You’ve worked hard caring about and developing your food product. You know what’s in it and you selected the best ingredients because it matters to you what goes into your customers bodies. But just because you think it’s “healthy” doesn’t necessarily mean you can label your product that way without knowing the rules.
Whether you can call your product “healthy” depends on a number of factors. The first thing to figure out is what laws apply to your product. That will tell you what government agency or agencies you need to pay attention to.
Is your product packaged and sold across state lines? If so, you are most likely governed by the Federal Food, Drug, & Cosmetic Act and subject to the FDA’s definition of “healthy.” Most processed and packaged foods (excluding primarily meat and poultry products) will fall into this category.
The term “healthy” -- or any similar term -- can only be used if your food meets certain nutrient requirements for total fat, saturated fat, cholesterol, sodium and certain other nutrients. You can click here to see if your product complies. Note that if your food does not meet the low fat requirement, the FDA will give you a pass so long as the mono and polyunsaturated fats comprise the majority of the total fats. The FDA statement on this issue can be read here.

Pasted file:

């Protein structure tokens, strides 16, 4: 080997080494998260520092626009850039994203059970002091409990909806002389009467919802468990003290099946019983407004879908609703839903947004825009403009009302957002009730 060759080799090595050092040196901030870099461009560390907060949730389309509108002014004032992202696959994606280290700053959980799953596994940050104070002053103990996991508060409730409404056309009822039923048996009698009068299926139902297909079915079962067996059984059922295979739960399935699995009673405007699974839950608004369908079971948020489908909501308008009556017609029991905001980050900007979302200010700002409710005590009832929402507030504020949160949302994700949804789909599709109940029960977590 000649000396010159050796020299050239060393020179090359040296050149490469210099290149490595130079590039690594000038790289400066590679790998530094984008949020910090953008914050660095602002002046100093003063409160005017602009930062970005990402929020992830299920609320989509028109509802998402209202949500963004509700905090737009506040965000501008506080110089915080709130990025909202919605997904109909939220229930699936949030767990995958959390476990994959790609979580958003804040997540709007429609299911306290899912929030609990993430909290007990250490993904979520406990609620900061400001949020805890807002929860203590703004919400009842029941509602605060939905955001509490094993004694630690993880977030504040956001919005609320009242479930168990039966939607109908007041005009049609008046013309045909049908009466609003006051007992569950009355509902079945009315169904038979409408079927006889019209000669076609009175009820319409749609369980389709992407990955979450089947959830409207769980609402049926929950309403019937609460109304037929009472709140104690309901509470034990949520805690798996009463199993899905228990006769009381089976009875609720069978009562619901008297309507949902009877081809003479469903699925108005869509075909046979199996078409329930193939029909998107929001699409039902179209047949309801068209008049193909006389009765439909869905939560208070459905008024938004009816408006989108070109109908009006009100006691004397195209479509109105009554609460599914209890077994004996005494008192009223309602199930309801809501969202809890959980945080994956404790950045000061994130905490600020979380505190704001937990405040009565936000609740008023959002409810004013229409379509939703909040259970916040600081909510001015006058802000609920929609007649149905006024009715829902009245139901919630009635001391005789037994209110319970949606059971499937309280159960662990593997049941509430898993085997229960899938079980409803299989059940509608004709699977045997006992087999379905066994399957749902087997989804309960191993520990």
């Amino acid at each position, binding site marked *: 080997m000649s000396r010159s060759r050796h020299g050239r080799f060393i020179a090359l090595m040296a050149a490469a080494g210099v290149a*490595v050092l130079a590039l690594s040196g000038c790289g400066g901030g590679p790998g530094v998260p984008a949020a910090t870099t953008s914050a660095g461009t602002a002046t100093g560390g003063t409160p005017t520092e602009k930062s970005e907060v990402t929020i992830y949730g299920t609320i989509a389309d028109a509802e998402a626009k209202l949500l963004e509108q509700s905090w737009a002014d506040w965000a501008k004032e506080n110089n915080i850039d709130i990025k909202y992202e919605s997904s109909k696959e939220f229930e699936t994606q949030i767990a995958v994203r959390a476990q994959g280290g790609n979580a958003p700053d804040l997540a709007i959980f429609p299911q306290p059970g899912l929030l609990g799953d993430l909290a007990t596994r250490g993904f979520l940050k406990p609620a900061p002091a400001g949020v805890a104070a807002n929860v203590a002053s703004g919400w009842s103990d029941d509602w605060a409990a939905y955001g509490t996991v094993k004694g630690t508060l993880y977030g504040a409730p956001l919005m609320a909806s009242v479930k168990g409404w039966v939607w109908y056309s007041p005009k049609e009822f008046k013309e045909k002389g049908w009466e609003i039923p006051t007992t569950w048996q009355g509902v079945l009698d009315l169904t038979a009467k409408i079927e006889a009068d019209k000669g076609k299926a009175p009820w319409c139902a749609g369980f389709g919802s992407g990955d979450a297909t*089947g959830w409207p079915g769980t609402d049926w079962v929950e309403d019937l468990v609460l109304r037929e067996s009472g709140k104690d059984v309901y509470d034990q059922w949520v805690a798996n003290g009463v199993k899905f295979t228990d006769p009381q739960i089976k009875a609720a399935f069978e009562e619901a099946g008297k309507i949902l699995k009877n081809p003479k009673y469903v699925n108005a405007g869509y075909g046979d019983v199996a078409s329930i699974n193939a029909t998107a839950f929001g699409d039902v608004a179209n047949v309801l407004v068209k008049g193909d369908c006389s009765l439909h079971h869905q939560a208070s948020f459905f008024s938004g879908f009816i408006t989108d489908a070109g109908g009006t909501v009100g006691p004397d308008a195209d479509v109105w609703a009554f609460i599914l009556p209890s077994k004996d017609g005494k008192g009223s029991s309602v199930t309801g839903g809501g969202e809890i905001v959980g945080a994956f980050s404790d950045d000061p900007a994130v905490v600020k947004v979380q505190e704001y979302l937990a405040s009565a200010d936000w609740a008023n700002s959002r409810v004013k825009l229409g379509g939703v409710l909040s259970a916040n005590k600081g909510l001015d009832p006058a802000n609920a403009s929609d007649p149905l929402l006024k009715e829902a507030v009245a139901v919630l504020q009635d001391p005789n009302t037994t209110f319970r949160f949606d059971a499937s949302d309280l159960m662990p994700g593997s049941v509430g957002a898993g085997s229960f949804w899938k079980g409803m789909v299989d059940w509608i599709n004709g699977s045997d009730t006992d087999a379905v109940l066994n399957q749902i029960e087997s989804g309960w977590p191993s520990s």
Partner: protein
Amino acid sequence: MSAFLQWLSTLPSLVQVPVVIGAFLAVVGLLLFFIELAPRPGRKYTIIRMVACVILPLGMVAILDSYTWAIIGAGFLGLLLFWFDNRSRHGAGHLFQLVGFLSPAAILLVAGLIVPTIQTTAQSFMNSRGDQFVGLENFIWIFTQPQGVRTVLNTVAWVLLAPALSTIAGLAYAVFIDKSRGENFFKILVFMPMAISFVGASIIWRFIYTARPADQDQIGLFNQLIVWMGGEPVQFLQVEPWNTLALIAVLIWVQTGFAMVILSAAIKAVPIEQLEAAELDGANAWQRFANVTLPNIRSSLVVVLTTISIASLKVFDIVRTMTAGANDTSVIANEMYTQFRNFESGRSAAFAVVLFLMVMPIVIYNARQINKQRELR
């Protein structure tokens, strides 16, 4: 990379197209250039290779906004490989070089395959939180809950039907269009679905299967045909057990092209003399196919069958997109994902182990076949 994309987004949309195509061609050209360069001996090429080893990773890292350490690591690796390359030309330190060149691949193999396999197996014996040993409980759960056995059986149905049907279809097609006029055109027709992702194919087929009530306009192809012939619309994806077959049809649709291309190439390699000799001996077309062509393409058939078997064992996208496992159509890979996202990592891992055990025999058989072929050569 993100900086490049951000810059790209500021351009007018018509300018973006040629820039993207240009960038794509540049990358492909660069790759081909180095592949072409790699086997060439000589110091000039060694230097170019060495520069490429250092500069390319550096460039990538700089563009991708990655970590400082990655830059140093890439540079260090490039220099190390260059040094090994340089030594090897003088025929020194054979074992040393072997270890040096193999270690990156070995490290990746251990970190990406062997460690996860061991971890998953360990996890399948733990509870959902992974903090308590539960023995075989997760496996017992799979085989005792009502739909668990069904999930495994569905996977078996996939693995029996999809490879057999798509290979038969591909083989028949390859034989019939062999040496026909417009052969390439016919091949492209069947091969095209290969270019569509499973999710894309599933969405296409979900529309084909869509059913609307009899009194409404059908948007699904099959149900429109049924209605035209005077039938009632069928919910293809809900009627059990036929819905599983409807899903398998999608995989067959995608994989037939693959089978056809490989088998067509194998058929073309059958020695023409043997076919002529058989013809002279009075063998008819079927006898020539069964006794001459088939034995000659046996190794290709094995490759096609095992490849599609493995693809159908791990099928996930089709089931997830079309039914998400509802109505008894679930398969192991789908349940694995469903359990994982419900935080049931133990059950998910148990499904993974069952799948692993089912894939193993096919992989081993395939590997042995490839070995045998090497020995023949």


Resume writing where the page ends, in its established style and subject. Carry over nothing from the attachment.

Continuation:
It’s important to do an analysis before you label your product healthy and put them on shelves. The FDA has pursued legal action against businesses that have failed to follow the regulations, costing the businesses a lot of money in legal and compliance fees, so do you homework.
If you run a restaurant, food truck, sell jam at a farmers’ market, or run some other local food service, chances are you aren’t regulated by the FDA. In that case, you aren’t required to follow FDA guidance or regulation on what it considers “healthy.” But just because you aren’t regulated by the FDA, doesn’t mean you are free to use “healthy” with reckless abandon! You are still subject to state consumer fraud laws, which prohibit false or misleading statements.
So, the question you should ask is whether your particular use of the word “healthy” is false or misleading in any manner. Because the answer to what is “healthy” is subject to individual viewpoints, it’s best to describe to your consumers why the particular food item is healthy. Or maybe couple the term with other descriptors, such as “healthy vegan lentil soup.” This lets your customer know that your health claim relates to its vegan quality.
If you’re still unsure, just remember that honesty is always the best policy for labeling, menu boards and advertisements. To learn more about labeling, please visit the course section of our website.
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